In Syria and Nigeria, Confronting the Limits of American Power

In FOREIGN RELATIONS, Military and War On

Syria and Nigeria

The two wars could hardly be more different, as are the American responses. Yet they may still share the fundamental dynamics that make conflict-driven crises so resistant to outside resolution.

In Syria, the United States has sought to either mediate between the warring parties or tip the military balance through force, whether by the Obama administration’s efforts to arm certain rebels or Mr. Trump’s missile strikes. The scope of the United States’ involvement has been extensive and highly visible.

In Nigeria, American action appears more modest.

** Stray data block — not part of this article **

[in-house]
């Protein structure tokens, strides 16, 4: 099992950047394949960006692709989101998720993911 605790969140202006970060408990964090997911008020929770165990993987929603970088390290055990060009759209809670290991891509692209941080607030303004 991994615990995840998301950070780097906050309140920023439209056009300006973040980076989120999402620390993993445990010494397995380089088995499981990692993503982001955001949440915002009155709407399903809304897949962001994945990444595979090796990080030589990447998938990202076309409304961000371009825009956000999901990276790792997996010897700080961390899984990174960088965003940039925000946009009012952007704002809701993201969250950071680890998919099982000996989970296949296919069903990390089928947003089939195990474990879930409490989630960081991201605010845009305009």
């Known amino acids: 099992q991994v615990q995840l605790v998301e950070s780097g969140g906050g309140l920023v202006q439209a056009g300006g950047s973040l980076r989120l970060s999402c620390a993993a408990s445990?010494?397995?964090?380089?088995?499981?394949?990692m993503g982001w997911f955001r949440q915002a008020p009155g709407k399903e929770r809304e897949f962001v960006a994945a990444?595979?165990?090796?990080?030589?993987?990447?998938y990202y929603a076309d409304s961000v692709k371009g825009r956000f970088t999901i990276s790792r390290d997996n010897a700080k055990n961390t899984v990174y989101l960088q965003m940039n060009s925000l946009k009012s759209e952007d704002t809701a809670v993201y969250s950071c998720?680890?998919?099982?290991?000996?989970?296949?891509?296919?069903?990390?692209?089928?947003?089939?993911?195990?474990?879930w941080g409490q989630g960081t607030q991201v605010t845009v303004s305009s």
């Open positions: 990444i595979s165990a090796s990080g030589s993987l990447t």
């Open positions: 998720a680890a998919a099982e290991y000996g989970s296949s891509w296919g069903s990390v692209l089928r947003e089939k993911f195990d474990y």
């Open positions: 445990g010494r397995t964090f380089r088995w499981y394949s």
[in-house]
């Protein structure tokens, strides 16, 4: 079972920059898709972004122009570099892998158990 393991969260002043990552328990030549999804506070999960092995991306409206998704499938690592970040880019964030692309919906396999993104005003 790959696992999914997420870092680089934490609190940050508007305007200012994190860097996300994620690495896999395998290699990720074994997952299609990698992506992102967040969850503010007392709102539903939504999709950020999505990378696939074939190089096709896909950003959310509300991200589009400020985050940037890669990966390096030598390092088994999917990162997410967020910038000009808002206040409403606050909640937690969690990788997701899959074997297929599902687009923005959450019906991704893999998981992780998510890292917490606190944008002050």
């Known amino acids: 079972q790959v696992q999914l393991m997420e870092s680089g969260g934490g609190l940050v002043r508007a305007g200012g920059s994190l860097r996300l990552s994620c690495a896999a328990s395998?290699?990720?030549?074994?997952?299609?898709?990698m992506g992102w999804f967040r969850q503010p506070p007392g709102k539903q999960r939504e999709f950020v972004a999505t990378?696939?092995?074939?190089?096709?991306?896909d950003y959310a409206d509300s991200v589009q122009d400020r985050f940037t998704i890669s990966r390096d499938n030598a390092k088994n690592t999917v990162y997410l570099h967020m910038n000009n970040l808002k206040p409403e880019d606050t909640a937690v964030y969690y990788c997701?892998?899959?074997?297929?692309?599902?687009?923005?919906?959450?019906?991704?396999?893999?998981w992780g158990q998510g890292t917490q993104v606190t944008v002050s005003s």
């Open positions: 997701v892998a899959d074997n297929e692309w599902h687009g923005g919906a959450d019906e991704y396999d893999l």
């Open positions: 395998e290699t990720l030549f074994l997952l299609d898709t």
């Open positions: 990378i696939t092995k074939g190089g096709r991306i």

There, the United States is emphasizing political tools, pressuring the government to improve practices in the affected parts of the country and supporting any reforms. It has helped to coordinate a multinational force from surrounding countries. It is also providing military advisers, intelligence and other forms of military support, which Mr. Trump this week extended in the form of warplane sales, but nothing comparable to action in Syria.

. . . .

Syria and Nigeria, in their own ways, carry this same dilemma. American policy options are aimed at alleviating the suffering and violence that are symptoms of deeper problems. But resolution can come only when the war’s participants once again see peaceful coexistence as worth the compromises and risks — a task harder than any American mission.

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